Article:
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Pain: The 4th Vital Sign and the Most Overlooked

When most people are ill, they are accustomed to having the three vital signs evaluated: temperature, pulse and respiration. What is as equally important and often overlooked is the evaluation of pain. Pain can change all of these vital signs. Animals in pain, both acute and chronic can have an increase in respiratory rate, heart rate, and even temperature. What most people do not realize is that pain can also delay healing and impair the immune system. Like most people you know, pain can also account for lack of movement and for being antisocial and grumpy. We can see all of these signs in our pets, but what is most concerning is that unlike people (who will be more than willing most of the time to let you know they are in discomfort or pain), our pets try their best to hide their signs of pain. In the animal world, pain is a sign of weakness, and weakness can get you picked on or even killed.

Dogs in pain are much easier to read than cats. Although many people may mistakenly attribute "Rover's" slowing down as being due to age, it is usually so much more than that. Pain - or the euphemism discomfort - is much more universal than most of my pet owners ever knew. People are expecting a similar notification they would get from another human (i.e. "aah my back", "my arthritis is really acting up") or just a wince or motion most of us would recognize as discomfort. Dogs rarely will vocalize their discomfort this way, but they do routinely show it, if you know what to look for. The following are some examples:
• Slow to get up or get down
• Not coming when called
• Quicker to sit rather than stand
• Plopping down ungracefully
• Getting up the same way, same leg
• Off-loading one of their legs (weight not evenly distributed)
• Getting "grumpy" in their old age
• Significant reduction in activity
• Less social
• Quick to sit with just mild pressure on their back
• Using the front legs more to pull themselves up
• Dropping food when eating
• Eating on just one side of the mouth (who even watches for this?)
• Stop eating dry food or certain treats
• Not wanting to be picked up anymore

These are just a few of the signs of pain in the dog.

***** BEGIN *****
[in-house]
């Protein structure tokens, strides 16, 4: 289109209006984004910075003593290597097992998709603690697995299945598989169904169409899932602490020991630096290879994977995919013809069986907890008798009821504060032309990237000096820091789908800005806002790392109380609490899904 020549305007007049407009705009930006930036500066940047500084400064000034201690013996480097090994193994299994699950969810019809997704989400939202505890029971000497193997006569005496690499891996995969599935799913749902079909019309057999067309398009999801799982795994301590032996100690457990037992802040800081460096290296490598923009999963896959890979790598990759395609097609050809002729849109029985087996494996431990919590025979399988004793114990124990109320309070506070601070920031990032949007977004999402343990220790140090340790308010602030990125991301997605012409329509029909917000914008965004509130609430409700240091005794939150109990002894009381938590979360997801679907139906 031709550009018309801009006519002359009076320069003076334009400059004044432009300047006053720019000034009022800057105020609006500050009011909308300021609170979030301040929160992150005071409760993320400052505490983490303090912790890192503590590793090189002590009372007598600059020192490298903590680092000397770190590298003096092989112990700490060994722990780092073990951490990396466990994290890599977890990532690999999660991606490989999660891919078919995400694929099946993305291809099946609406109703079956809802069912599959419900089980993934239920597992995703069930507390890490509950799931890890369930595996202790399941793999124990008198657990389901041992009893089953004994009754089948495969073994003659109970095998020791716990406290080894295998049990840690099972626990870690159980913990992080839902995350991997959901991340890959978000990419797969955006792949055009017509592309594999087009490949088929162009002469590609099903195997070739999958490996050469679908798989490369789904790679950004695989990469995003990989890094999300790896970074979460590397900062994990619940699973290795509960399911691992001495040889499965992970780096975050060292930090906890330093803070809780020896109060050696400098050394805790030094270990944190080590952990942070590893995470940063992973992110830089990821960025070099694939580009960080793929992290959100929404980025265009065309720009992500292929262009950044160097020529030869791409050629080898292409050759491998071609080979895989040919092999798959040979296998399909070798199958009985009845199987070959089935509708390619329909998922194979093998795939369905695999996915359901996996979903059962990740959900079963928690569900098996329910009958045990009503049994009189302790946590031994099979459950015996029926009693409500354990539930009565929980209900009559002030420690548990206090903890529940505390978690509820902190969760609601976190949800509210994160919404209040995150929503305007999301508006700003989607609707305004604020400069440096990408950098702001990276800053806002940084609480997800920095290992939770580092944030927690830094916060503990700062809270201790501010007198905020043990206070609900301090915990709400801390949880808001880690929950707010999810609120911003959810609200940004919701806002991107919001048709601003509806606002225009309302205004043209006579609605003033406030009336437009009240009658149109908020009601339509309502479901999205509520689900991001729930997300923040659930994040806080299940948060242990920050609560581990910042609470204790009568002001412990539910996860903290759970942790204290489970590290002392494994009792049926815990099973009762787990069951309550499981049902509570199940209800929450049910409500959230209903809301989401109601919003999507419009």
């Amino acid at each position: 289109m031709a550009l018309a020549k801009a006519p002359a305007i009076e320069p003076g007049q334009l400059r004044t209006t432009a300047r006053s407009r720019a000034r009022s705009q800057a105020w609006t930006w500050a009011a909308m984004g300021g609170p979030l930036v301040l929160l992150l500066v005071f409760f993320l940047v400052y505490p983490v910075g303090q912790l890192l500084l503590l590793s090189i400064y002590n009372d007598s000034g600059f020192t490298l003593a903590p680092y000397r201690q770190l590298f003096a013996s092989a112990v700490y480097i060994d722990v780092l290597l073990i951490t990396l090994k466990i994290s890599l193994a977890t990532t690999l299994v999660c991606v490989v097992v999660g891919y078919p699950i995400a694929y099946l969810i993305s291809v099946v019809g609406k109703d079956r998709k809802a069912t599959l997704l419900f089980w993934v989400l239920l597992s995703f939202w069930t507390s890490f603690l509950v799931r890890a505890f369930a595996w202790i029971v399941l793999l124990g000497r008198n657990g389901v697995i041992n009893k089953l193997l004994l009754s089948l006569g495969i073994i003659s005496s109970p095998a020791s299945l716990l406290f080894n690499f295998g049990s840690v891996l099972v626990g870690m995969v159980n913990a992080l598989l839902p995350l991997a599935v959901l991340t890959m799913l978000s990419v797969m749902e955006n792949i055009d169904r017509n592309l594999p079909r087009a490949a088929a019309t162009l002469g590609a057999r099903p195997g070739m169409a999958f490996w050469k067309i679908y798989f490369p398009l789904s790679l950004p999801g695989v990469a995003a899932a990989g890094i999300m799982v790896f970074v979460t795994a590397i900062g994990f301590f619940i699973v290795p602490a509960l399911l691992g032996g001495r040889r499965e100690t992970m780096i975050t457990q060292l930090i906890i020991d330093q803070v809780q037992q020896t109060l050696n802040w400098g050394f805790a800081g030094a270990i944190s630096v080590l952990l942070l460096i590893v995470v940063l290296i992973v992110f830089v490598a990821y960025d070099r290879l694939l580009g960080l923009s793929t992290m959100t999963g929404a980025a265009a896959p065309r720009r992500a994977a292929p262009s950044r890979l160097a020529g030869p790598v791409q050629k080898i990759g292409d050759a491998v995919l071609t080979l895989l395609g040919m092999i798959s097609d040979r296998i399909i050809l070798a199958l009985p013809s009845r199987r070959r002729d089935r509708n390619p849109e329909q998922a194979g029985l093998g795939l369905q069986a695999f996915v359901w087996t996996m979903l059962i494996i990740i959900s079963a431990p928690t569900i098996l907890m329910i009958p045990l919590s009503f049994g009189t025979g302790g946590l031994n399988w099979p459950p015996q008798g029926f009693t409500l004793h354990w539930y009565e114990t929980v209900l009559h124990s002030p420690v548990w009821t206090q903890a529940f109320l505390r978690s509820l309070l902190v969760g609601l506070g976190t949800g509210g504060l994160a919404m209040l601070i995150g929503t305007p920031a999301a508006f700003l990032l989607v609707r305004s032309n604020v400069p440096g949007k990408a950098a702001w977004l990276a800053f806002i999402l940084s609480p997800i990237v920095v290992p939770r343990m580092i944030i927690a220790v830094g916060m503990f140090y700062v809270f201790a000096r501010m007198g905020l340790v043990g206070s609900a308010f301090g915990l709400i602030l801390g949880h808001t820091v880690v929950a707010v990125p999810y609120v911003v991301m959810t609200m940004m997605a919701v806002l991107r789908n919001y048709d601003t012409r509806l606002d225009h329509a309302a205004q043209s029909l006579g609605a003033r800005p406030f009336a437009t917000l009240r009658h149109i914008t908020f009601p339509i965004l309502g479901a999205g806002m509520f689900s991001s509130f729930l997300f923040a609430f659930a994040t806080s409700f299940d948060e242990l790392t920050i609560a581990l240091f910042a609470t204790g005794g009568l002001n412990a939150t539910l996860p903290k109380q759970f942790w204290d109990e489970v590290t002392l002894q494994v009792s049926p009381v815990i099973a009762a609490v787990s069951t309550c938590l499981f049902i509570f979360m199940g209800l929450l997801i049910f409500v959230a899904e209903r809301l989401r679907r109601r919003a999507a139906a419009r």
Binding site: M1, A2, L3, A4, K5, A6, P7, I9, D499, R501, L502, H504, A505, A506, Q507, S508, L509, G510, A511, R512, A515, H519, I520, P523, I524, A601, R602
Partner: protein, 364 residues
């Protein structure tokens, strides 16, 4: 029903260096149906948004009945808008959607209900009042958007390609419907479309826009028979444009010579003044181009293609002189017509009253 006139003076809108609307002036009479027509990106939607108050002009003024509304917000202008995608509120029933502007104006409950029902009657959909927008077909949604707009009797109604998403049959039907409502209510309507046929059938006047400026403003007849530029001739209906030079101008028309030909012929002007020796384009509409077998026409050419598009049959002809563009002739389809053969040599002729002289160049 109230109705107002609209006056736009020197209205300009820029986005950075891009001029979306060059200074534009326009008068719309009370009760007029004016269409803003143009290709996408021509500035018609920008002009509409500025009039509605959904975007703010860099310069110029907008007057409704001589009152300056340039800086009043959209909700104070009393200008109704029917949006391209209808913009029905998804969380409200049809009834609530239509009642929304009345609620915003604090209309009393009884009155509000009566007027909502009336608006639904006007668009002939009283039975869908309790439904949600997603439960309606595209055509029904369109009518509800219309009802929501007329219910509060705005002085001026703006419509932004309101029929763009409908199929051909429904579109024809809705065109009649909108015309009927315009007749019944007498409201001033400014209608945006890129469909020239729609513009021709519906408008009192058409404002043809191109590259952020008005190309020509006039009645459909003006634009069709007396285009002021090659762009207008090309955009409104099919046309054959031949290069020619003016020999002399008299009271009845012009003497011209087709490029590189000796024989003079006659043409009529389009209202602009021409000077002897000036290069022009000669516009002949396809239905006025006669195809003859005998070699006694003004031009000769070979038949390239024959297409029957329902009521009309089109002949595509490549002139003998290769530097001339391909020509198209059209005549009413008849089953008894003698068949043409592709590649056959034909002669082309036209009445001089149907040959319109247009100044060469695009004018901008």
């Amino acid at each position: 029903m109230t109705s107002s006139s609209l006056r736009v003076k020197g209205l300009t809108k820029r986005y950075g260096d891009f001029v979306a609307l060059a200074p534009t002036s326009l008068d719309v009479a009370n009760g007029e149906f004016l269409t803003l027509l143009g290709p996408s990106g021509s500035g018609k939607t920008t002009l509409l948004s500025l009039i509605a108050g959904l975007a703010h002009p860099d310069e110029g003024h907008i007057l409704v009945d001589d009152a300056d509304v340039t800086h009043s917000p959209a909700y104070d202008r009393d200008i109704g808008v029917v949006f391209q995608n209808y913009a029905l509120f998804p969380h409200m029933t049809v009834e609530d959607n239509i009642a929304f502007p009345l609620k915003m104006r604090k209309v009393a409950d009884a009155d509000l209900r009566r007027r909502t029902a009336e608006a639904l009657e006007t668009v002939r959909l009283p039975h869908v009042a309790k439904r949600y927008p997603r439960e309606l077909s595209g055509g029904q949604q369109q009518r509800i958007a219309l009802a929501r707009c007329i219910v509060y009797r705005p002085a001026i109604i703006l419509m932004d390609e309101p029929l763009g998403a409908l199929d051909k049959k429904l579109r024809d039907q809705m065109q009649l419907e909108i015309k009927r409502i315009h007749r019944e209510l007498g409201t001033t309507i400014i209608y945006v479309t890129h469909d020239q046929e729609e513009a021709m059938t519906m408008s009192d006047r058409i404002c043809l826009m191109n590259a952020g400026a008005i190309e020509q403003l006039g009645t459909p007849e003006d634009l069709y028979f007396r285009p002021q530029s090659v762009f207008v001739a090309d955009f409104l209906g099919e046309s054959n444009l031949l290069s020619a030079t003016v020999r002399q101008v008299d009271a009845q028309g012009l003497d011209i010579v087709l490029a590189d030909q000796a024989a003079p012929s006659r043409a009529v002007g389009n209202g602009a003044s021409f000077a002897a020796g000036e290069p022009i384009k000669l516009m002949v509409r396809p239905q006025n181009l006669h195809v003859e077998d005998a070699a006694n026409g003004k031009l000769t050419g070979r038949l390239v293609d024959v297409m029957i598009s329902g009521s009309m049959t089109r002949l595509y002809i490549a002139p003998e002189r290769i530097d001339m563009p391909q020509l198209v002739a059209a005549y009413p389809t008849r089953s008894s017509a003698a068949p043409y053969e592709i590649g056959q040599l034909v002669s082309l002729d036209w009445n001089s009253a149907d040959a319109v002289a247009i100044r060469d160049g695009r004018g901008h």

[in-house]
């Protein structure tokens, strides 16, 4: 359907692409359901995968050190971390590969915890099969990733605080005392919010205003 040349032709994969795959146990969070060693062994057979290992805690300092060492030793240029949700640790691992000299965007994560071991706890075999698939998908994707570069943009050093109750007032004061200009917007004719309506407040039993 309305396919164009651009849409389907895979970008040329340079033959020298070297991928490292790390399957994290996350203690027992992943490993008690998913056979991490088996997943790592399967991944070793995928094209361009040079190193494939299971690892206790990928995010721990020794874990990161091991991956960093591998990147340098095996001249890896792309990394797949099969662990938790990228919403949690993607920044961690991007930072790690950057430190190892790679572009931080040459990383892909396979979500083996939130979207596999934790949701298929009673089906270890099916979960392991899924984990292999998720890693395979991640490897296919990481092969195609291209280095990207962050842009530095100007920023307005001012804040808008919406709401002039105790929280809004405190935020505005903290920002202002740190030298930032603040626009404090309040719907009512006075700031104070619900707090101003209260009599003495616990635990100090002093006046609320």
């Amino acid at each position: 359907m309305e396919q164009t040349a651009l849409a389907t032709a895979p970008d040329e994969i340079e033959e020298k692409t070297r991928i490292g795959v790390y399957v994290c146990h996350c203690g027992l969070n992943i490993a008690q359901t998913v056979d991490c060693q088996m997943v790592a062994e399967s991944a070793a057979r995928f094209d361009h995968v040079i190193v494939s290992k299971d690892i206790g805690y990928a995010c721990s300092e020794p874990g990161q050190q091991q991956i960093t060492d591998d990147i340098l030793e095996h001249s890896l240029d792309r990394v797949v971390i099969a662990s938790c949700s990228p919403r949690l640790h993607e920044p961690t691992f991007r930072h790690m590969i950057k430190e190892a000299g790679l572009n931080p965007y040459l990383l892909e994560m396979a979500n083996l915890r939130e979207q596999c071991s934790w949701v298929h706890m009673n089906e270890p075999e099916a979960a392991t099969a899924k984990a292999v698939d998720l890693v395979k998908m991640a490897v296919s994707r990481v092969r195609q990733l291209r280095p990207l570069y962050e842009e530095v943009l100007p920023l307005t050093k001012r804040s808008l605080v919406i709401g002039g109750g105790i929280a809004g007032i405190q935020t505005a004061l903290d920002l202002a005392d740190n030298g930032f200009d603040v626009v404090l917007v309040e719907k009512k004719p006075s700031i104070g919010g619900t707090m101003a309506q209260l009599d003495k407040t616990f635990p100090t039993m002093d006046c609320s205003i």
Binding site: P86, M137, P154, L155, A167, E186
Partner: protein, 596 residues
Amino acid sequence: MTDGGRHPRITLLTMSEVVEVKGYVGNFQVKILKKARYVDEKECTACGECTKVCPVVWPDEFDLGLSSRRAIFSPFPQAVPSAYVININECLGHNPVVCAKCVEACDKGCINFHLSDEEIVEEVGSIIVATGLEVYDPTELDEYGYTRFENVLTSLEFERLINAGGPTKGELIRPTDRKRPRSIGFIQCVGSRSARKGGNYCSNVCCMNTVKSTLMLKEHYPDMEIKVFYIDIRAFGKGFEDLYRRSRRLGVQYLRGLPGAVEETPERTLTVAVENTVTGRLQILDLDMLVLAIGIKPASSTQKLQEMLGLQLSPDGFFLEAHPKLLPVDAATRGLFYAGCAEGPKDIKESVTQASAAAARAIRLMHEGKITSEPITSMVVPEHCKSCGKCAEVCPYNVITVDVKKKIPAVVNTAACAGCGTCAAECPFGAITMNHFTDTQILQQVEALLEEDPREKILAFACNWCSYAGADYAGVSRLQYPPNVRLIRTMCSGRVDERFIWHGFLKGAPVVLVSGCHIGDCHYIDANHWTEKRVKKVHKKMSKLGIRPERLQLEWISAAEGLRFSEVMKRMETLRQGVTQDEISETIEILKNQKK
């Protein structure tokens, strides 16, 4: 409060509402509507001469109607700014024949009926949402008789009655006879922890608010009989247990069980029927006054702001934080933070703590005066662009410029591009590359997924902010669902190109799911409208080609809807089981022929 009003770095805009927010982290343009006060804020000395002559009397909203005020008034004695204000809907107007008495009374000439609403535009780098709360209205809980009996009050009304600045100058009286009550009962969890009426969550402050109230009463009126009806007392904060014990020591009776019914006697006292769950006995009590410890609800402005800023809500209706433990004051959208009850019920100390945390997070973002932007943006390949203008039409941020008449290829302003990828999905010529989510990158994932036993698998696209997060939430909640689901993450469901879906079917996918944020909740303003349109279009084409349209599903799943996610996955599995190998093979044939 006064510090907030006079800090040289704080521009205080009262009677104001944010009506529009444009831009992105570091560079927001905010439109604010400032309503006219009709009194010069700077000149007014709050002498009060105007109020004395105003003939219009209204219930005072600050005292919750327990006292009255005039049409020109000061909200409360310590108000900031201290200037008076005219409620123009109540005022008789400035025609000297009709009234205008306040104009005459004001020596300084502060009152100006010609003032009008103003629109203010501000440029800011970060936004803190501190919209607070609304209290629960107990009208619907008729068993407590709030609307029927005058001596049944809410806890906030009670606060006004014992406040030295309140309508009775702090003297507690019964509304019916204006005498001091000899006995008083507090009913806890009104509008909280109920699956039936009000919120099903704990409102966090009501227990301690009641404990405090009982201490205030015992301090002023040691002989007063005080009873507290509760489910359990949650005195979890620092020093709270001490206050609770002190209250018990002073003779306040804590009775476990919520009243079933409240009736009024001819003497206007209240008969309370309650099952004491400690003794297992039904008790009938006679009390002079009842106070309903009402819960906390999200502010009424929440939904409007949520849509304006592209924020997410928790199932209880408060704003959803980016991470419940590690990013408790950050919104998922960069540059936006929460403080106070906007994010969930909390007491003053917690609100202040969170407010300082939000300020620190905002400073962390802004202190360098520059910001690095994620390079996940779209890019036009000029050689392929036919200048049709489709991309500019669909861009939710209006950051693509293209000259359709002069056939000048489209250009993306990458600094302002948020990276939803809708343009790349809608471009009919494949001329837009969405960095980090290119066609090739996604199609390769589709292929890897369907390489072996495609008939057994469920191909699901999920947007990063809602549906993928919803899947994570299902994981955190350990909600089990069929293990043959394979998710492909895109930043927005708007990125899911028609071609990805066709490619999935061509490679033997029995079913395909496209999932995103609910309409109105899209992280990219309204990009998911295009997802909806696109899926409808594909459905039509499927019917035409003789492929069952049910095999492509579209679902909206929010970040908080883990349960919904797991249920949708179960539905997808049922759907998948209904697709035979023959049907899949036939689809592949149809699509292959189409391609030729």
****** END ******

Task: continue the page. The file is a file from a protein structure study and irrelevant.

Cats can be much harder to read. One study had statistics showing that more than 90% of cats over six years of age have at least one joint with DJD (degenerative joint disease). Recognizing and evaluating pain in cats can be a challenge. The following are some signs to look for:
• Reluctance to jump up and down like they used to
• Height they are not willing to jump up and down to anymore
• Changes in general movement (really need to know your cat!)
• Grumpiness on handling especially when picking up a certain way
• Seeking seclusion
• Playing less with toys or other pets
• Stop running to food
• Less climbing and/or descending stairs
• Less sharpening of claws
• Less grooming
• Defecation outside of the litter box
• Urination outside of the litter box. It is important to note that inappropriate defecation & urination can have multiple underlying reasons. We can discuss with you whether specific testing is recommended.
• Stop hunting
• Choosing to lay down instead of sitting
• Sleeping more
• Running less or not at all
• Squirming more or fussing when being held or picked up
• Reluctance to be petted on certain areas

A universal truth I've understood about cats after 30 years of practice is that they are incredible at hiding their illness and this includes hiding any signs of pain or discomfort.

I hope you have found this blog on Pain In Our Pets informative. Next time we will give examples of how to treat this quality of life issue.

-Dr. James Miele, DVM

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